John & Anne Wiley


Missing Persons

We were at the harbor heading back to SBA after a flight along part of the dry Santa Ynez River this evening when we heard a solemn call. A formation flight told ATC they were heading offshore to form up for a “Missing Man” flight over Montecito. They looked so beautiful in a sunset glow with Anacapa in the background.

0727 Honor Flight

0727 Honor Flight

Flights like this to honor a fallen comrade have been an aviation tradition for a century or more, and it was sweet to hear how ATC helped and protected them. It brought to mind the growing number of beloved Missing Persons in our life. Friends and family who have touched us, and at times seem to fly beside us on our adventures. I wish everyone could have an honor like this, in quiet remembrance of the people who shared their most treasured passion.

As we landed, we heard four of them call ATC again to say they were inbound to land at SBA behind us so I paused to snap this. They got special clearance to fly low over the field and then peel off in a “break” to turn back and land in sequence. Beautiful to watch.

0748 Formation Landing

0748 Formation Landing

We learned later that they’re the Bonanzas To Oshkosh formation flying group. Having flown to the massive Airventure (aka Oshkosh) gathering of aviators (see our “North By Northwest” Adventure), we understand that bond. We share the love of clear blue skies over green earth.



  1. As always, lovely visual and ‘verbal’ images:-) Sunday’s NYTimes had an article about an Atlantic fisherman who went overboard in the dark of night while working on the deck of his boat, getting ready for a lobster catch, while his boat mates were sleeping down below. Your photos were a gentle segue to this harrowing tale of a ‘missing person’ and the rally of rescue vessels, planes, etc, that ultimately recovered him against all odds. Of course all missing persons stories are unique but the heartening aspect of this one was how this fisherman never simply gave up but kept using his intelligence to ‘reel’ himself to simple goals, using every resource available to reach his self imposed mark. Of course the true ‘mark’ was to stay alive as long as he possibly could as he spent hours in the ocean, but his ingenuity & tenacity were the true buoys that carried him to his rescue.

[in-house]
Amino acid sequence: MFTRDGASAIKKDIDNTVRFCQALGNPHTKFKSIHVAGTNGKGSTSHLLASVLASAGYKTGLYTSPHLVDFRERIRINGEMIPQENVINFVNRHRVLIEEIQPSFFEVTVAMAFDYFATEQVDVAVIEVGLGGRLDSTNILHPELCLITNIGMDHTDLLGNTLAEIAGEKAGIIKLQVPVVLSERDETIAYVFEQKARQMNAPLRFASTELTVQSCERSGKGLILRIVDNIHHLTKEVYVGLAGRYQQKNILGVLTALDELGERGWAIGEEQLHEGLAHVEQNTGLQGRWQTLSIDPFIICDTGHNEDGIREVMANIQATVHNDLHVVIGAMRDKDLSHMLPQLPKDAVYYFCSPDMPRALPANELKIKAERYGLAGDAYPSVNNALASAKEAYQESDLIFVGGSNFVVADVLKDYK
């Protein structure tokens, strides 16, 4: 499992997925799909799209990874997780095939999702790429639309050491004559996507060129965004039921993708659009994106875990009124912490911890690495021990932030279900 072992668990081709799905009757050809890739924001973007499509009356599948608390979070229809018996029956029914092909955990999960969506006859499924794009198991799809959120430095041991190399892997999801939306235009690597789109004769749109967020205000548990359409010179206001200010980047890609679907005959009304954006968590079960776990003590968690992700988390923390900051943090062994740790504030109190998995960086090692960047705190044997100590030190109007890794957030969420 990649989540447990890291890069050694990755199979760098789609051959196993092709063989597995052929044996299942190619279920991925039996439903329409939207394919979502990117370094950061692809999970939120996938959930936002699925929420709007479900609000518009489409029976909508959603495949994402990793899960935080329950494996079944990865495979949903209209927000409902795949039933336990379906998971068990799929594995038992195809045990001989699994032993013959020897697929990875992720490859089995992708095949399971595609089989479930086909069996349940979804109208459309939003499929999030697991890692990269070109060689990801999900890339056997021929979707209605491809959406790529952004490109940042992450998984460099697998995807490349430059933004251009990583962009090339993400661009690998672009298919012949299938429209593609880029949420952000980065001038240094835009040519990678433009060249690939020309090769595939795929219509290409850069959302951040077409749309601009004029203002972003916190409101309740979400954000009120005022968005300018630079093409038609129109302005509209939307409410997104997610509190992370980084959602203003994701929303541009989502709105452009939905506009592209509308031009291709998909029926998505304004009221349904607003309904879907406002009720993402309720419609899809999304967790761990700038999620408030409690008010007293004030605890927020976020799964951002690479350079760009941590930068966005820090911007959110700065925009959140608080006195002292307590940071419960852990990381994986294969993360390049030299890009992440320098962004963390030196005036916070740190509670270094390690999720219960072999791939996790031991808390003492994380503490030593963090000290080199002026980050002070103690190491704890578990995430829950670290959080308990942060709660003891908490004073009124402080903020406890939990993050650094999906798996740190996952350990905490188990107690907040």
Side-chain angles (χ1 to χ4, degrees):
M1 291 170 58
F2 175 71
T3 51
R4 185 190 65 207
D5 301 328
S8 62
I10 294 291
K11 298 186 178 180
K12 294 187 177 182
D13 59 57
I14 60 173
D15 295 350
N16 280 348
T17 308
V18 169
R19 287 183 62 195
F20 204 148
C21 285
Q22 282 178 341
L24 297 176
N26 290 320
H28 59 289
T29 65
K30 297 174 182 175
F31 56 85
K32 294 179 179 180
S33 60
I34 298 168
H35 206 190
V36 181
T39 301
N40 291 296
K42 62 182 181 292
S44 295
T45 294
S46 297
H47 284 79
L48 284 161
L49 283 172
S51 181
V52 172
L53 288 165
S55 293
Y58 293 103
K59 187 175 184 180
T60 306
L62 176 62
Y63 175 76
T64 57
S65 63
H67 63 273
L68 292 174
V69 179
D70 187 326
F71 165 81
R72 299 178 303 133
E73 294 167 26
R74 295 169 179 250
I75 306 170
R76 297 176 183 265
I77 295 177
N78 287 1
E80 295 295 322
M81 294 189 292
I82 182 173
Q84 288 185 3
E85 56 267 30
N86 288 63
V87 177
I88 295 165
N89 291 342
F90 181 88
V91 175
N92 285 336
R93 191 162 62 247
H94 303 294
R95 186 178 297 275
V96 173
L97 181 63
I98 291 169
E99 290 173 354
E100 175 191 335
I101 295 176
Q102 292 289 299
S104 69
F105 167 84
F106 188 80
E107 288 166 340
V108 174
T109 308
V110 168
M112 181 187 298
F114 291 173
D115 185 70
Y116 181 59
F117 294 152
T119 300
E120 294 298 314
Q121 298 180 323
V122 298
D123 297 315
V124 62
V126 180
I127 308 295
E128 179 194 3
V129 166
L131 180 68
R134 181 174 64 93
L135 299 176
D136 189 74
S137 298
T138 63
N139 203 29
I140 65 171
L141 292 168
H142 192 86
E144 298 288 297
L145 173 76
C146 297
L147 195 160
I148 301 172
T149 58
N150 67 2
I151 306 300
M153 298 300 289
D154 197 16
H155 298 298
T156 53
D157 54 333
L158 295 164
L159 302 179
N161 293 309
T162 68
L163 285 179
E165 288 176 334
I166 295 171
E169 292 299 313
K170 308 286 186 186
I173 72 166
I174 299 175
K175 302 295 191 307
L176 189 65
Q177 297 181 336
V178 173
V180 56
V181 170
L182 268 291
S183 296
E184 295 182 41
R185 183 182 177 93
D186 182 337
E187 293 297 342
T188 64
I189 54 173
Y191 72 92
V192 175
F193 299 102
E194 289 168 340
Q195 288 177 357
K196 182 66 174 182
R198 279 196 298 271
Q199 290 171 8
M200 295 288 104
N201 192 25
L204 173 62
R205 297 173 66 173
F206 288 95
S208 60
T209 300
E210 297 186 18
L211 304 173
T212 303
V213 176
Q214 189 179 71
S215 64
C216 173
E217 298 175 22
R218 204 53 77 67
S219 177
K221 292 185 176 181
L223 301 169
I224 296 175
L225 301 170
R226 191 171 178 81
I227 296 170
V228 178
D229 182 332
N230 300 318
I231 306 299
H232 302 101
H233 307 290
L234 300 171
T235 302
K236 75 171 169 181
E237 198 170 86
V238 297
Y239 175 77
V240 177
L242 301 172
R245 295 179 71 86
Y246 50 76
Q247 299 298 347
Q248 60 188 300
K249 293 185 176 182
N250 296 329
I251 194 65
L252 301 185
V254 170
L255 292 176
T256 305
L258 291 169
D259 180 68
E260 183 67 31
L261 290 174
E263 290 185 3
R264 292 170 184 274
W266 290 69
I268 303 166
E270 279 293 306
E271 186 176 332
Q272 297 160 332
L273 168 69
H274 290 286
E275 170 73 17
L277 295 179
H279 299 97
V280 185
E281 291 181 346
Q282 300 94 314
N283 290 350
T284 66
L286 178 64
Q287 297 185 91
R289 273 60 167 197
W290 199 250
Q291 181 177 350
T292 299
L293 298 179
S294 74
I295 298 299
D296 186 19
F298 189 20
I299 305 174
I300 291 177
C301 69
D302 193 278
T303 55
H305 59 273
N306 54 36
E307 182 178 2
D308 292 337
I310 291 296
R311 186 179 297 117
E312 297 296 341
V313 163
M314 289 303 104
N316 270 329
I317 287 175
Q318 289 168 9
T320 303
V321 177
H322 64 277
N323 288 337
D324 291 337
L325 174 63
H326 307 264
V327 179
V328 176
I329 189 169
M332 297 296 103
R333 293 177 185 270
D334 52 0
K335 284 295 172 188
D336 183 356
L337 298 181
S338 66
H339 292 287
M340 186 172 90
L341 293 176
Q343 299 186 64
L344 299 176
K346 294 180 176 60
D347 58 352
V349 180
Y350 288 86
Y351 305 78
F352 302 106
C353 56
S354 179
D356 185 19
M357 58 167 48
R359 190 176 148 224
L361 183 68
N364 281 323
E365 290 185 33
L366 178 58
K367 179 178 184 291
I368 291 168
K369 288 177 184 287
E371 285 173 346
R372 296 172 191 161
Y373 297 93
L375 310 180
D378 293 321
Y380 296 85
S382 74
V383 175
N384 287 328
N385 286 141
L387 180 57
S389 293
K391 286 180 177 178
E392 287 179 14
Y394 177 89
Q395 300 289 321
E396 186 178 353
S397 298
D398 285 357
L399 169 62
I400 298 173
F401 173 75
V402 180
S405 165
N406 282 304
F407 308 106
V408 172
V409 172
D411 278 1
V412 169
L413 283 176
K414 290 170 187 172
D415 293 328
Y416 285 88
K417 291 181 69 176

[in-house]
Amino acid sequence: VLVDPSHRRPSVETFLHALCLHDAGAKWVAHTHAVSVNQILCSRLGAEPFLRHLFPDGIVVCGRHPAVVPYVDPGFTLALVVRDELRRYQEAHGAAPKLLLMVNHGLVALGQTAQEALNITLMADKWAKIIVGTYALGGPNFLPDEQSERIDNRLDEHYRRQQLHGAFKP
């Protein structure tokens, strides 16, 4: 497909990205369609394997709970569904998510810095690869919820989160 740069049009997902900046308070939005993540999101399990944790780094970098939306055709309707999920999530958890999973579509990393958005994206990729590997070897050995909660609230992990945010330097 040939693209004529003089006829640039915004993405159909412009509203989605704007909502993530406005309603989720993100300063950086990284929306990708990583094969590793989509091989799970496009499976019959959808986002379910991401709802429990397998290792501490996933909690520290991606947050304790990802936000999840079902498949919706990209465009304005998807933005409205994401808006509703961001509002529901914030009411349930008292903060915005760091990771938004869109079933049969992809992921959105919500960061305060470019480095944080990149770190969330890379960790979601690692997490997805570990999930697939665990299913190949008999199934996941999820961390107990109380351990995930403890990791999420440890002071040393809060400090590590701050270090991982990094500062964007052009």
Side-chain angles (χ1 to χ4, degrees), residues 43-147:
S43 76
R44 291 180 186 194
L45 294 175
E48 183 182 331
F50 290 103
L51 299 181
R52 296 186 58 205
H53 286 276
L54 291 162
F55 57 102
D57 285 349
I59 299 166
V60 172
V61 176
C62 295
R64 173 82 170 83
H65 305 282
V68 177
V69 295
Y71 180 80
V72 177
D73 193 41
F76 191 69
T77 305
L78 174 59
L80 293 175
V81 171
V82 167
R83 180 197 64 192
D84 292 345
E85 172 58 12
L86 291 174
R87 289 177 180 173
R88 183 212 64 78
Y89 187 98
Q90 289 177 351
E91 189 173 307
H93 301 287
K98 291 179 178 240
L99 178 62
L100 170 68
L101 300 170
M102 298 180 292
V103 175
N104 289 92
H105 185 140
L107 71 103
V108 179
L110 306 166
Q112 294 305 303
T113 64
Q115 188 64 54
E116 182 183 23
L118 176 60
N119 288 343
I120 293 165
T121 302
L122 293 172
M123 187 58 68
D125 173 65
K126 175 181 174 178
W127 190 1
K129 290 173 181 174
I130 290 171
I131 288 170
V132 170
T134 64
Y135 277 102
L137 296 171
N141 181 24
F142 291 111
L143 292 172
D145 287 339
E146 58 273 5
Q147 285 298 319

Thanks for sharing your ‘art of seeing and documenting’ with us land-locked birds:-)xoMerrilee

    Comment by Anonymous — 2014/01/07 @ 20:44

  2. John and Anne,

    Thank you for the very nice write-up. You nailed everything – the beauty of the scene, the emotions of the day, and you noticed the great service provided by Air Traffic Control. I led the flight. The wingmen flew flawlessly. Mourners on the ground were quite moved. SBA ATC was wonderfully accommodating – all of them, Ground Control, Tower, and Approach Control. The man we honored was the brother of one of our own – a man who has flown with us as we honored several aviators who have “Gone West” over the past few years. And, yes, the backdrop of the setting sun over the Pacific Ocean was awesome. As the flight leader that day, I was allowed to fully enjoy the surrounding beauty. The wingmen have to watch the leader, but everyone noticed the soft colors and golden glows. We can’t take credit for that, though. Good timing, and perfect conditions. It was nice meeting you and chatting with you at Atlantic Aviation after the flight. If you’re in Oshkosh, stop by the Bonanzas to Oshkosh camp site. There’s a lot of excellent camaraderie you’re welcome to join.

    Thanks again,

    Comment by Anonymous — 2014/01/08 @ 05:33

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